San Francisco, New York state declare monkeypox emergencies as outbreak grows

Courtesy of National Institute of Infectious Diseases
An electron microscopic image of the monkeypox virus

San Francisco and the state of New York declared public health emergencies Thursday amid the growing monkeypox outbreak, the latest in a series of escalating measures responding to the rapidly spreading virus.

The action by two of the hardest-hit areas comes after the World Health Organization declared a global emergency last weekend and as the Joe Biden administration weighs a national emergency declaration.

More than 40% of the nation’s confirmed 4,907 monkeypox cases have been reported in California and New York.

San Francisco Mayor London Breed, D, announced a local public health emergency Thursday, noting cases of monkeypox had nearly doubled, to 261, in a week. She said the move would mobilize resources, accelerate emergency planning and allow for future spending to be reimbursed by the state and federal governments.

California state Sen. Scott Wiener, D, who had called for the emergency declaration, said the decision would make it easier to expand testing and vaccines and pressure the federal government to take the outbreak more seriously.

“It’s a powerful declaration to the country and the world about the need to act decisively and strongly,” Wiener said in an interview.

After the state of New York recorded more than 1,200 cases, State Health Commissioner Mary T. Bassett on Thursday declared an imminent threat to public health, retroactive to June 1.

“This declaration means that local health departments engaged in response and prevention activities will be able to access additional State reimbursement, after other Federal and State funding sources are maximized, to protect all New Yorkers and ultimately limit the spread of monkeypox in our communities,” Bassett said in a news release.

Monkeypox infections result in an illness that lasts several weeks with symptoms including fever, swollen lymph nodes and a rash that can spread throughout the body. No U.S. deaths have been recorded, but some patients have reported intense pain from lesions.

The outbreak has overwhelmingly been concentrated in men who have sex with men. Gay leaders such as Wiener and longtime HIV activists have urged health officials to act decisively to contain monkeypox and avoid repeating mistakes from the AIDS crisis when the suffering of gay men was minimized and the world failed to act quickly. Vaccines are believed to be effective before and after exposure, and an antiviral approved for a closely related disease, smallpox, can be used to treat monkeypox.

Local officials, including Breed, say the supply of vaccine is not sufficient to provide shots to everyone at high risk of exposure.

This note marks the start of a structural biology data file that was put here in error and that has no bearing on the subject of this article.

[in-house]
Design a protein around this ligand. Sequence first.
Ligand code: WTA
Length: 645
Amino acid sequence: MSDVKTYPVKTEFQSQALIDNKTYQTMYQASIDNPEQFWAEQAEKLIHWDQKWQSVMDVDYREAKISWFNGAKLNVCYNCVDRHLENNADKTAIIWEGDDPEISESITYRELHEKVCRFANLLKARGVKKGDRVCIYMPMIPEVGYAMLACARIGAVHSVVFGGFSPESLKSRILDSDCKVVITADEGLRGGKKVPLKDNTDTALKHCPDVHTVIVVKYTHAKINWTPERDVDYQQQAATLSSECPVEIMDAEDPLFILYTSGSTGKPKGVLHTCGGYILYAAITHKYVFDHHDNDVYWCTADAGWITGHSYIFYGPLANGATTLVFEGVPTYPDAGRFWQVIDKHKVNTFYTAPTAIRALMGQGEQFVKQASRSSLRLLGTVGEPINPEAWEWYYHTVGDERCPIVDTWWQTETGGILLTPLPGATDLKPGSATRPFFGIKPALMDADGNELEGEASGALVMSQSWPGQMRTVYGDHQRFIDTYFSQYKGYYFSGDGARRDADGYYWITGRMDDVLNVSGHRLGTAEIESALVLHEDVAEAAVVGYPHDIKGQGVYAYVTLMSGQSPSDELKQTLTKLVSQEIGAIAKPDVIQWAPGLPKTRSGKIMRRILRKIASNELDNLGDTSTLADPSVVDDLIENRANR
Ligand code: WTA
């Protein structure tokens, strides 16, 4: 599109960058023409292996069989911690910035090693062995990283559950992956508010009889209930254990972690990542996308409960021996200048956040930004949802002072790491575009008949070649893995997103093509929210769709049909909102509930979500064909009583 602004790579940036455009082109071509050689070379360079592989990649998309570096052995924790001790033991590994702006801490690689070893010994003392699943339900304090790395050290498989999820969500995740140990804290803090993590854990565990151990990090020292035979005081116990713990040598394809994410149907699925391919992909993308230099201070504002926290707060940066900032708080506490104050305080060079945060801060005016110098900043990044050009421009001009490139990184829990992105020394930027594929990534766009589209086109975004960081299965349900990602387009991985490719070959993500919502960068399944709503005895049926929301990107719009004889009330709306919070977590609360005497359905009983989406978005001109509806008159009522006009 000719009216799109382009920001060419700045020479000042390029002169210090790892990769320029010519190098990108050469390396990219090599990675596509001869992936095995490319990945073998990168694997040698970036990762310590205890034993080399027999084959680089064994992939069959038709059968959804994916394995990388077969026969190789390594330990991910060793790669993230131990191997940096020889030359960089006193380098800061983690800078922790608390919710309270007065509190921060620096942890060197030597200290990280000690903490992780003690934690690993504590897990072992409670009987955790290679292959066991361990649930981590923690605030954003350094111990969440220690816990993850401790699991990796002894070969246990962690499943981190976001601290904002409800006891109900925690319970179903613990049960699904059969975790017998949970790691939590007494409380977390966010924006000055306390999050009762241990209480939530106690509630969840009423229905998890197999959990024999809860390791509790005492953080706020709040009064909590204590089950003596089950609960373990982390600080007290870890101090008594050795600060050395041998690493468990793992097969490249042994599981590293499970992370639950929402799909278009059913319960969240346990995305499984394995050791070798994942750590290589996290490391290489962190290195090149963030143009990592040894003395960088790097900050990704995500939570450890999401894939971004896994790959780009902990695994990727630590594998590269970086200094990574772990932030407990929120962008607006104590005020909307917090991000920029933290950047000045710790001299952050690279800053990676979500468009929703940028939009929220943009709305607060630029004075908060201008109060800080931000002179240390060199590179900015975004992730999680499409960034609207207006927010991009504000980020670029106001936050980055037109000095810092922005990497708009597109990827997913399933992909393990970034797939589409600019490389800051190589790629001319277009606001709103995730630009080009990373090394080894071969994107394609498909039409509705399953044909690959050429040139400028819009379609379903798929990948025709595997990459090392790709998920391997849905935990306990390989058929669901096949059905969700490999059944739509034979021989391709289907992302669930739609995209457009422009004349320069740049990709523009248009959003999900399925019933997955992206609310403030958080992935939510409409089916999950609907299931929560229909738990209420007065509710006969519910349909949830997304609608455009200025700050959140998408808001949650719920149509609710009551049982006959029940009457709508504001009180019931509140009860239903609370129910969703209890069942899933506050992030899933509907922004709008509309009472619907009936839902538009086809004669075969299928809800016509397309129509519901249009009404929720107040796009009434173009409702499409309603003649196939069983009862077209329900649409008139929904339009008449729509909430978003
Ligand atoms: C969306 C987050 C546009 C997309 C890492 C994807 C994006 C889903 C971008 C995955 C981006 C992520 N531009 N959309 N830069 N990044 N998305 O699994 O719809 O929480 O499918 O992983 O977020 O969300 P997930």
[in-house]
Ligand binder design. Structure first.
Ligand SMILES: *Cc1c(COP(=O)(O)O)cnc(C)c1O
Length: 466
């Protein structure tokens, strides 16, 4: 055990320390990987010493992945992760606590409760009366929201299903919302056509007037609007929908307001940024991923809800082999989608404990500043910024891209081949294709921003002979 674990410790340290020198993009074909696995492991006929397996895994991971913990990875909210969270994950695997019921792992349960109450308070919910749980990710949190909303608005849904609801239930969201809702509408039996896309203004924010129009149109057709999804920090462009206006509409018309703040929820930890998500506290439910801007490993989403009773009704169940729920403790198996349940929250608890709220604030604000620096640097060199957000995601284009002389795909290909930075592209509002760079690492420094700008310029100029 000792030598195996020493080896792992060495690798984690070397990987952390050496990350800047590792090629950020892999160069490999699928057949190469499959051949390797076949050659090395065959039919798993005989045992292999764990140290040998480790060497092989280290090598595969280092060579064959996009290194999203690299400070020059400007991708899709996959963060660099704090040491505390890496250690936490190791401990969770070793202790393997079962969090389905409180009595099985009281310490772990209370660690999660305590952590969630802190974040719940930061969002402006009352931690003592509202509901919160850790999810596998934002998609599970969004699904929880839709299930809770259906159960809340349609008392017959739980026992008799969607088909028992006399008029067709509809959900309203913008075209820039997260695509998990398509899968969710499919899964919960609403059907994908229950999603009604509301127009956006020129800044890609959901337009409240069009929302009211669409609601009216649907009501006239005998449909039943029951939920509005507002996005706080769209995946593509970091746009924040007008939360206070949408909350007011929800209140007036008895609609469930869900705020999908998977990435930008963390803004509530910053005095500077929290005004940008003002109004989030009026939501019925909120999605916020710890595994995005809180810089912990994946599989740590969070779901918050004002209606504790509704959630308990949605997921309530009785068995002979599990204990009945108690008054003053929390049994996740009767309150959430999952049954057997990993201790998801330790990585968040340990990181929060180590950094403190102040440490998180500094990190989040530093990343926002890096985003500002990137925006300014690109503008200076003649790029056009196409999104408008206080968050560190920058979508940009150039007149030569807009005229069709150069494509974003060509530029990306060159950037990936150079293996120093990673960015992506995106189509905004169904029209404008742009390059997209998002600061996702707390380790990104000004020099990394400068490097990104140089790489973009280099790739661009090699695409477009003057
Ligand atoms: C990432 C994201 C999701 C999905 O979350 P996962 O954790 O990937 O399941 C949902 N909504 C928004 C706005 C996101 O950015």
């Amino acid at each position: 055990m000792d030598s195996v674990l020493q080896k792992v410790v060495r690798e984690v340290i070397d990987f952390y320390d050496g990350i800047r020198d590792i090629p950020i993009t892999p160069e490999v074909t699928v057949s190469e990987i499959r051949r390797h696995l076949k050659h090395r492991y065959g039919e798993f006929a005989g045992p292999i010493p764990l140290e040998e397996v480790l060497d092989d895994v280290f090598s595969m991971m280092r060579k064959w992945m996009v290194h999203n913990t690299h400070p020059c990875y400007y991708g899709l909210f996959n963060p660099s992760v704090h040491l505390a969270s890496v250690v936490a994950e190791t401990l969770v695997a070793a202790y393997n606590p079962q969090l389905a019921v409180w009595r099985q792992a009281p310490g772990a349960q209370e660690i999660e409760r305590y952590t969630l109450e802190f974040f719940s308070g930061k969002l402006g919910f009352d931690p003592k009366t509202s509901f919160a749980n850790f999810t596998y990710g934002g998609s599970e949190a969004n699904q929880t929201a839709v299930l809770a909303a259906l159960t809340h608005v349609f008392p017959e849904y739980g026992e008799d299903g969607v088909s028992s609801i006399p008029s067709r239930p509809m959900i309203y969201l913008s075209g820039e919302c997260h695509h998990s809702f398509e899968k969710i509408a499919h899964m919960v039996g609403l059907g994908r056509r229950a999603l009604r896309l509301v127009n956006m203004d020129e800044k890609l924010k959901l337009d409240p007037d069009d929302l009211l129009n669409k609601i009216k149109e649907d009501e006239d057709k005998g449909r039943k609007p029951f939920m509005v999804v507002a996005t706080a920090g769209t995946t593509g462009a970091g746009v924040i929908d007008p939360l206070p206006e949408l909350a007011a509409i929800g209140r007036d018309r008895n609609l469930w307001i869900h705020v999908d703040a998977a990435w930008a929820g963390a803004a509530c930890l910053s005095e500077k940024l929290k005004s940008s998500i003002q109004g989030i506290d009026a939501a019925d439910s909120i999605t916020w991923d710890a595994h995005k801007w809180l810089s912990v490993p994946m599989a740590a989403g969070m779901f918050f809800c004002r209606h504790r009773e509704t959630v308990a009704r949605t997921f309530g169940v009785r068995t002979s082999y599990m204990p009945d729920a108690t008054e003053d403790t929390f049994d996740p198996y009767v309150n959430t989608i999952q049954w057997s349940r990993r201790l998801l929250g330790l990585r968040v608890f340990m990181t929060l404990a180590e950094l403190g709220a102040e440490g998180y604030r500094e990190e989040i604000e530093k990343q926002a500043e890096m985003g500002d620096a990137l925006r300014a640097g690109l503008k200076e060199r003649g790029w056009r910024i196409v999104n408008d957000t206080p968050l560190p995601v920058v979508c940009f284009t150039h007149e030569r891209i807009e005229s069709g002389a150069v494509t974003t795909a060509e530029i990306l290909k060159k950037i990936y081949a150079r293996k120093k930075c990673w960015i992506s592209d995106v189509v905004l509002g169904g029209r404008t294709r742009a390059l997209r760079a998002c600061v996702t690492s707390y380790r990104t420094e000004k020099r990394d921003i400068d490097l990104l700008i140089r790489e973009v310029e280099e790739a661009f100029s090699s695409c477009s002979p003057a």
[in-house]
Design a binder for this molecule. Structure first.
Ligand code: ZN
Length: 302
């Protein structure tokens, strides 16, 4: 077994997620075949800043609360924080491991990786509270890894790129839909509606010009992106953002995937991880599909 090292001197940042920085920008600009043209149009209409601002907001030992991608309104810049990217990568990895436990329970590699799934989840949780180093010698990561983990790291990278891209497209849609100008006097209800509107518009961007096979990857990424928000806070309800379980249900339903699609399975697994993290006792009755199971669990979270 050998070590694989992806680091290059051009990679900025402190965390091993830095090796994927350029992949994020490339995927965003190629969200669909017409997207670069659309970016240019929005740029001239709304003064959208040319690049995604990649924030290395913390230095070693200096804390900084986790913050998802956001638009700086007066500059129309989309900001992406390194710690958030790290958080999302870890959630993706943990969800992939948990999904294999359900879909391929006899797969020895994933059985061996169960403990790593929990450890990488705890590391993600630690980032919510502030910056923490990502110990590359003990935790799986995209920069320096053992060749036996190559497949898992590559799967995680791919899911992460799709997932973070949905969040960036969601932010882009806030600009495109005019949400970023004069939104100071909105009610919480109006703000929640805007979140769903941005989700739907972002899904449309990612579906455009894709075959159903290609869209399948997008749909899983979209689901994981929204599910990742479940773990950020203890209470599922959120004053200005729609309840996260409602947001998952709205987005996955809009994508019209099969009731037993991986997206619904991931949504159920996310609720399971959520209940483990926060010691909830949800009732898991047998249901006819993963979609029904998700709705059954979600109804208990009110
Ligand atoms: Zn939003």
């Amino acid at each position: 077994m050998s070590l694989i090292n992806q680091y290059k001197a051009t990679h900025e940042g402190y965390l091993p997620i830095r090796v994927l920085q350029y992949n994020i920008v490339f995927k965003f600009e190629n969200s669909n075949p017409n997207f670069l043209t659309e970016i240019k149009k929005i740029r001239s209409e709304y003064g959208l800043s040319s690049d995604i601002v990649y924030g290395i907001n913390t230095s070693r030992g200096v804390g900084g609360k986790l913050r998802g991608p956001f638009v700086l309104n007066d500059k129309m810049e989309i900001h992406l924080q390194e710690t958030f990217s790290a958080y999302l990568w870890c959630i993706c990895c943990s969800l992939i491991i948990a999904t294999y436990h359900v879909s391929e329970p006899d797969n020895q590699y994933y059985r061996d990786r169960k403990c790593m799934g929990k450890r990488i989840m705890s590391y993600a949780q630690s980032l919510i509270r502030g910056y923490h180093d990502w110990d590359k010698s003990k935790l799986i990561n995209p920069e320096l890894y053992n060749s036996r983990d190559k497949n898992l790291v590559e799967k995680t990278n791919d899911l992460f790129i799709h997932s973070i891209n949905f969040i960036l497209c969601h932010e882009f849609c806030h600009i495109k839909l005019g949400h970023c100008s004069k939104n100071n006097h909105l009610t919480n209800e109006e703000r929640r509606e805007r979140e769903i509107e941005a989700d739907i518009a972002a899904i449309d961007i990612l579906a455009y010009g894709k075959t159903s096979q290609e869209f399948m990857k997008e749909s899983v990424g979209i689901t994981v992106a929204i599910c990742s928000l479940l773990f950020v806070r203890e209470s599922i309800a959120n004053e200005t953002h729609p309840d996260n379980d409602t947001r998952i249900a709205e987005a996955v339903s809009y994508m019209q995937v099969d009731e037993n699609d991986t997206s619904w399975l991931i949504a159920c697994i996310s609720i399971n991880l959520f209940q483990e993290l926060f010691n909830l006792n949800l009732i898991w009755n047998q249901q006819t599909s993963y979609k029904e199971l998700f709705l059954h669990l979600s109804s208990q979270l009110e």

“Our declaration of emergency is to sound the alarm and make it very clear we are in desperate need of more vaccine and more treatment,” Breed said Thursday.

Monkeypox spreads primarily through close contact, and experts believe skin-to-skin exposure during sexual activity is a major source of transmission in the current outbreak. But they caution the virus spreads through other forms of touch and can circulate outside the gay community, noting a handful of cases in women and children.

WHO officials advised men who have sex with men to temporarily reduce their number of sexual partners in an attempt to reduce transmission. The New York and San Francisco announcements did not include containment measures or restrictions designed to curb spread.

“We are not implementing behavior restrictions or other measures like we did under COVID. This is all about having the resources and ability to move quickly to deploy these resources,” Breed said in a post explaining the emergency.

Health and Human Services Secretary Xavier Becerra said Thursday that officials had not made a decision on a national emergency declaration, noting the virus had yet to become as formidable a threat as coronavirus. Becerra touted vaccines and treatments that the Biden administration has continued to send to local health departments and providers, including about 800,000 doses that federal officials cleared for distribution this week.

“We will weigh any decision on declaring a public health emergency based off the response we’re seeing throughout the country,” Becerra told reporters at a briefing. “Bottom line is, we need to stay ahead of this and be able to end this outbreak.”

Federal officials have spent the week privately wrestling over whether to declare an emergency, with some senior health officials arguing it would elevate public awareness of the outbreak and allow for a more robust response, including compelling hospitals to report more data on monkeypox patients.

But other health and White House officials have raised questions about declaring a U.S. emergency, saying it would be mostly symbolic and create pressure to declare additional emergencies for other issues such as abortion, which advocates have sought. HHS also has continued to renew a 2 1/2-year-old public health emergency declaration for coronavirus amid some conservatives’ demands to end it.